I have way too much of a guilty conscience to ever be a successful criminal. The only thing I ever shoplifted was a pack of Fruit Stripe gum when I was seven. My mom said she wouldn’t buy it for me, so into my pocket it went. But the thing is, when I got it home, I felt so terrible, so guilt ridden, I couldn’t bring myself to chew it. And I knew that the right thing to do was confess, return the gum even, but I was too afraid of the repercussions. (Leg irons, maximum security prison where I’d end up with a tattoo…) So I did the only thing I could think of: I got rid of the evidence. I took the unopened pack of gum out into the woods and buried it. Deep. Then I sprinkled leaves over the freshly turned earth and ran home.
Having no real criminal nature myself, I get my kicks reading and writing about how other people deal with crimes. I tend to favor books about ordinary, average Joe (or, better yet, Josephine!) kinds of people who are faced with extraordinary circumstances. Give me a story about a baker or a carpenter who accidentally stumbles into something sinister over one starring a seasoned cop or lawyer any day.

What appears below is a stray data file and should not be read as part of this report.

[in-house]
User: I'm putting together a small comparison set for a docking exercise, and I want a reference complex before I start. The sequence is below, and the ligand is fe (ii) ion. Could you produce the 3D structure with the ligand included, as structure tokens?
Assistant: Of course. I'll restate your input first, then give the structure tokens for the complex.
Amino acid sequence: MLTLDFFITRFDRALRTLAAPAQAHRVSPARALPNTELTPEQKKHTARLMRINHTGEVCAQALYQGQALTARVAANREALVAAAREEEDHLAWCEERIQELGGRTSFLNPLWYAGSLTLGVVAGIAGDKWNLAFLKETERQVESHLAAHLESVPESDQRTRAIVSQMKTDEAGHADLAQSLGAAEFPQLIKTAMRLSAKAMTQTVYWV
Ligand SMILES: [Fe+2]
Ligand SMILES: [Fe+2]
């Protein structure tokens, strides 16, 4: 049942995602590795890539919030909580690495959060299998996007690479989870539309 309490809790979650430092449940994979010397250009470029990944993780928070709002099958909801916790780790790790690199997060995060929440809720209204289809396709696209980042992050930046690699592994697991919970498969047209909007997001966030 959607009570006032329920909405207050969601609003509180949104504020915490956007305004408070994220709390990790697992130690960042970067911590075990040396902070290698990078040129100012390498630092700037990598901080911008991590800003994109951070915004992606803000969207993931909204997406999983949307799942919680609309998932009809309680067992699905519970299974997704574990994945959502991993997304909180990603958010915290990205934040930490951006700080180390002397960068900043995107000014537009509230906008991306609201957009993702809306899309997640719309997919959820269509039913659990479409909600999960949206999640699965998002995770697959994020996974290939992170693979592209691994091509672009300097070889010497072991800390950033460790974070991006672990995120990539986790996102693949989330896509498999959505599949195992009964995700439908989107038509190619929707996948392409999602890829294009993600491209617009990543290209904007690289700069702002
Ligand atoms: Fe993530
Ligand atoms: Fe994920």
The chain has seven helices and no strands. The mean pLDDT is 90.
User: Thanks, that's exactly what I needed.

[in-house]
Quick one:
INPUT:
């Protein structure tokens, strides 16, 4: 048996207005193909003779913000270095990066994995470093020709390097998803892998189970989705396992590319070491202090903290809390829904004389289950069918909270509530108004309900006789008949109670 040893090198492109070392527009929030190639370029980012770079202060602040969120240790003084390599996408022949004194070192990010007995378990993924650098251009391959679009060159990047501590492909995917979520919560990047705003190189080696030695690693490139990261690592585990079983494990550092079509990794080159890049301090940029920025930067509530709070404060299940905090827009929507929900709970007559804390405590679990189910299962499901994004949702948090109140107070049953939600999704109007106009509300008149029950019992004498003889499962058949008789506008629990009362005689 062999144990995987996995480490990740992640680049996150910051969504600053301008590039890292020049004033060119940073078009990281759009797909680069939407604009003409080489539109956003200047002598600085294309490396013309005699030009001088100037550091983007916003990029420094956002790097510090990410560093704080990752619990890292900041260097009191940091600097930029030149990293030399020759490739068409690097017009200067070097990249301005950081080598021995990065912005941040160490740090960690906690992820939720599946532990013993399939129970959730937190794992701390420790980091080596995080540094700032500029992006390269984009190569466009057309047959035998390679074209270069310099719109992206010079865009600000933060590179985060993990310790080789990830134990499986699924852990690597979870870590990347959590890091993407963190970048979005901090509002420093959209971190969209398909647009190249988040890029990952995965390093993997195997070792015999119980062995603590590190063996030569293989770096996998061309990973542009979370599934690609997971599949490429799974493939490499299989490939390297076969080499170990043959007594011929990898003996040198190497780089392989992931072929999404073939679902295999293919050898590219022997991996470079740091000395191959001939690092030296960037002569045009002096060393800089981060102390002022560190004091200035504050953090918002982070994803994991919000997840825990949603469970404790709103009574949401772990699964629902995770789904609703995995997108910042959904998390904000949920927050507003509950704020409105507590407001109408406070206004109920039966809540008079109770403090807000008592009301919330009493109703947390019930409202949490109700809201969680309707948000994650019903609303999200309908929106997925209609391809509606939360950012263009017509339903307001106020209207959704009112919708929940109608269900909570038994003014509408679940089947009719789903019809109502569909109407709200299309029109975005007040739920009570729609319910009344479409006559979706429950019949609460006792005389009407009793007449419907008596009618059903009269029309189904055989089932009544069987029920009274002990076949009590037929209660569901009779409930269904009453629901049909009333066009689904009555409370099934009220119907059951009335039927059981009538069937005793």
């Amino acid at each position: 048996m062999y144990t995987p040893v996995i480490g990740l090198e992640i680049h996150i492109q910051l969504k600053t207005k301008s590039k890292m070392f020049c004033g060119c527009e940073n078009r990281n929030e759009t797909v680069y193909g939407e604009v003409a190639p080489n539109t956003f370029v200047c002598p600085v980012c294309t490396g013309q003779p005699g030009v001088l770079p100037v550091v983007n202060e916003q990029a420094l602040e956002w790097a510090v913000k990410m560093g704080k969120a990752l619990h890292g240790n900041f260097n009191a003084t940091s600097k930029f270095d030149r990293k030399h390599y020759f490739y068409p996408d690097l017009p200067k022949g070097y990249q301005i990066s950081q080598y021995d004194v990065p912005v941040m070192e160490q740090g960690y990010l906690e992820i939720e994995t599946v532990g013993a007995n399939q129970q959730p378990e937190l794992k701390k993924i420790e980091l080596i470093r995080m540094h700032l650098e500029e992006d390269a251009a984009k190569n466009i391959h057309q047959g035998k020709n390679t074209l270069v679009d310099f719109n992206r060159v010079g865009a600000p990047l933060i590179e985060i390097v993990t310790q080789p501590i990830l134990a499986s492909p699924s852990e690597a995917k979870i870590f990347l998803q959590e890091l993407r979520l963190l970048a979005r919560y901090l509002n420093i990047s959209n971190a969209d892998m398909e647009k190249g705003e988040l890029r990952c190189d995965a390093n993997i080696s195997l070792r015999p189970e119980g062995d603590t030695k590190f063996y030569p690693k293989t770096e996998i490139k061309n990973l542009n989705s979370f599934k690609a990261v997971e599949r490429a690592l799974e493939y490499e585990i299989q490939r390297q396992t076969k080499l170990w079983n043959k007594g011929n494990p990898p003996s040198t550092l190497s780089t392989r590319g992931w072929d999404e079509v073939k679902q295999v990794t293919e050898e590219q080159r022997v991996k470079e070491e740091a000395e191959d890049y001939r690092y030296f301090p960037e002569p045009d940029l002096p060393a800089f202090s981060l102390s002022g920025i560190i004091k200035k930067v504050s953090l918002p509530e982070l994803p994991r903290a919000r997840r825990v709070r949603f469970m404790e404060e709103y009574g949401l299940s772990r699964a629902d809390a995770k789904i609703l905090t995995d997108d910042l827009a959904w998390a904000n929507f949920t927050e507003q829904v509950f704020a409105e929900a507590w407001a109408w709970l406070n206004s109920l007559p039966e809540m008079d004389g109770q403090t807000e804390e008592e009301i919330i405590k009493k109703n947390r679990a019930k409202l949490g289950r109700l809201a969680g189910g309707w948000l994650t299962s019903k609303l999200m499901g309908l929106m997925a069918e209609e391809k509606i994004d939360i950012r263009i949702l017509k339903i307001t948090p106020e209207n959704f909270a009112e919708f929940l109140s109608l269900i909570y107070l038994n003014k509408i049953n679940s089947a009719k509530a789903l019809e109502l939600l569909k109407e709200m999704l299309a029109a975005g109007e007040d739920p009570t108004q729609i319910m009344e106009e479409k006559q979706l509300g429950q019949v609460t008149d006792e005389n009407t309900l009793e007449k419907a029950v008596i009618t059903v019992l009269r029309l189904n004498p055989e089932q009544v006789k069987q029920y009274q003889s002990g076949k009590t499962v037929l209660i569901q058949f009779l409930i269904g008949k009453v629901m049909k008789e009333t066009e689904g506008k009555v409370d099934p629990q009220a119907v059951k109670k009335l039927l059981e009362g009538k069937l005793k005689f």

So why is it that the kid who was once sick with guilt over stealing a pack of Fruit Stripe gum is now drawn to read and write books that center around crimes? Because for me, a novel is most satisfying when something dire happens. I want someone to end up dead or missing. Some twisted little part of my brain gets a happy endorphin jolt when I read or write about something terrible happening. But I’m not satisfied with that alone – I want to see the ripple effect of that event on the characters involved. I want to see (and create) ordinary people pushed to their limits.
In the opening of my novel, Promise Not to Tell, the narrator, Kate Cypher, confesses, “I killed someone tonight. I have always believed myself to be a person incapable of murder. Suicide has crossed my mind once or twice, but murder? Never.”
Kate’s a somewhat reserved school nurse who’s had an average life (other than her childhood friend being slain). So the question the book sets out to answer is what would make her pick up a gun and pull the trigger.
What would make any of us do such a horrendous thing? What are my limits? What are yours? How far would we go to test them? And for who, or what, would we keep going, no matter what?
This is why I write what I write. (That and I gave up my career as a thief at the age of seven. What else am I going to do to get my thrill fix?)